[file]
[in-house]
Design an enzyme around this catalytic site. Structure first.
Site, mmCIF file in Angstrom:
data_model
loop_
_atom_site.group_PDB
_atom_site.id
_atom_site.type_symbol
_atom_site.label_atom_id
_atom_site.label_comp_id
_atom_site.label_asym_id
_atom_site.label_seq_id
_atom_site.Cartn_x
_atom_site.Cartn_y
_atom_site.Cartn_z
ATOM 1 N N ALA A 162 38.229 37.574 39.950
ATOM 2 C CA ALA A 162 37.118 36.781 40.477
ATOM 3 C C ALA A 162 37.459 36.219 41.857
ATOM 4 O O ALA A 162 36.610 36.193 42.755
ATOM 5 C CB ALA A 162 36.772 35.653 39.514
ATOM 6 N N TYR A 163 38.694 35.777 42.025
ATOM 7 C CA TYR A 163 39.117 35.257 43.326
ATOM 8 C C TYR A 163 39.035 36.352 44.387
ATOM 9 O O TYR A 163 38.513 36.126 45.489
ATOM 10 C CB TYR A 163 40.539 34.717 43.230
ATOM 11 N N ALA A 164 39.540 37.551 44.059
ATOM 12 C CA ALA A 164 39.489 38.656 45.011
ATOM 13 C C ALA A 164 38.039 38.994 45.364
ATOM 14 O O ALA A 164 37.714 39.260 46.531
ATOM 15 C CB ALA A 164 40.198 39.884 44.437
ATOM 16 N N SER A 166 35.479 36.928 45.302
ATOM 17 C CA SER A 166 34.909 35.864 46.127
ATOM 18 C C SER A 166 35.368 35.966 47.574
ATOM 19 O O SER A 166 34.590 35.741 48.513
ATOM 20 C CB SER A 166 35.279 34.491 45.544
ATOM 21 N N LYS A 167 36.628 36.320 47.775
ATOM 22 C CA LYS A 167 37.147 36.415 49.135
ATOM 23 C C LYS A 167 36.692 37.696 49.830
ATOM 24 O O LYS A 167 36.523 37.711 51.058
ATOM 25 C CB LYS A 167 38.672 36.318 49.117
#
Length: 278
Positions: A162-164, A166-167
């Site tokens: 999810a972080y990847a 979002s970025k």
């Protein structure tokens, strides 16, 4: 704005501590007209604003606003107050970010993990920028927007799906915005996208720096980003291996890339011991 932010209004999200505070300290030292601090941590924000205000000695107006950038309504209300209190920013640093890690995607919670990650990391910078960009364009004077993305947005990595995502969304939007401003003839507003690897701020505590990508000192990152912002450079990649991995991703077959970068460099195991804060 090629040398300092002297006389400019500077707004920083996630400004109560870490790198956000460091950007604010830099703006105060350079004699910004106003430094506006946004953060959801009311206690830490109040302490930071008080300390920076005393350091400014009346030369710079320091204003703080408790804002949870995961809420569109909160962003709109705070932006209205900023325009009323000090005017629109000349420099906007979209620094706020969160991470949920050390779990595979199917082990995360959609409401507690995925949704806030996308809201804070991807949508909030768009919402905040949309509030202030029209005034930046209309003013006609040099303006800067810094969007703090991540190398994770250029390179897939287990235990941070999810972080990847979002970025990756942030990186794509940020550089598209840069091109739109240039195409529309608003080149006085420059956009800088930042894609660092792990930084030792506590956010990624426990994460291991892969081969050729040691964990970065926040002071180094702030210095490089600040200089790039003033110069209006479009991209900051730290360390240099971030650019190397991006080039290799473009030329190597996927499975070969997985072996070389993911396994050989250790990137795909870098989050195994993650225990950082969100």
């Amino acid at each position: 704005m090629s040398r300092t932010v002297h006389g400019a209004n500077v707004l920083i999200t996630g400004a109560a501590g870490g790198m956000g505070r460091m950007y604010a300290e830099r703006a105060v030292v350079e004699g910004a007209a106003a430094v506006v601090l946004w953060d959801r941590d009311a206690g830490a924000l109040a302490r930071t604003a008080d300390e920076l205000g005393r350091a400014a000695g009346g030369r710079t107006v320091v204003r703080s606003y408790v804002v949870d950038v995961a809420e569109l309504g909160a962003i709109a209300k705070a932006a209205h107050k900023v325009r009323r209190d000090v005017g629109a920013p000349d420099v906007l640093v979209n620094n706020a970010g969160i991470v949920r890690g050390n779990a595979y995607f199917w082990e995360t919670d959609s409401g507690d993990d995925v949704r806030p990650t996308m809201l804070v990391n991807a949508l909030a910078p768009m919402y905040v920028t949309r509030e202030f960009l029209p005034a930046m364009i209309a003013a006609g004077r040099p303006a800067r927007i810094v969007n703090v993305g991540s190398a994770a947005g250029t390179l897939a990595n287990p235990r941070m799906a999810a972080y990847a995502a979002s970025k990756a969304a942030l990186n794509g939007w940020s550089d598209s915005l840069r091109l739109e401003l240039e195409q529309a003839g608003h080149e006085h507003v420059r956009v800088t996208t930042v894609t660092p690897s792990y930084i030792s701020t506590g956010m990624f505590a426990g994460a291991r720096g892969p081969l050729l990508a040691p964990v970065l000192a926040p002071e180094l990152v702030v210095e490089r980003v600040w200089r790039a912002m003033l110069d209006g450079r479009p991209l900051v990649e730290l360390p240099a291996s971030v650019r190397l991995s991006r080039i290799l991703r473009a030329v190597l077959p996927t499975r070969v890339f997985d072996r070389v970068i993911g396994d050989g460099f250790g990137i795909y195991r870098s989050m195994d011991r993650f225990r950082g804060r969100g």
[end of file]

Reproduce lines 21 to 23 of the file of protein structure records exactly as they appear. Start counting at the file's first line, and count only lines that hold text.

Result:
ATOM 6 N N TYR A 163 38.694 35.777 42.025
ATOM 7 C CA TYR A 163 39.117 35.257 43.326
ATOM 8 C C TYR A 163 39.035 36.352 44.387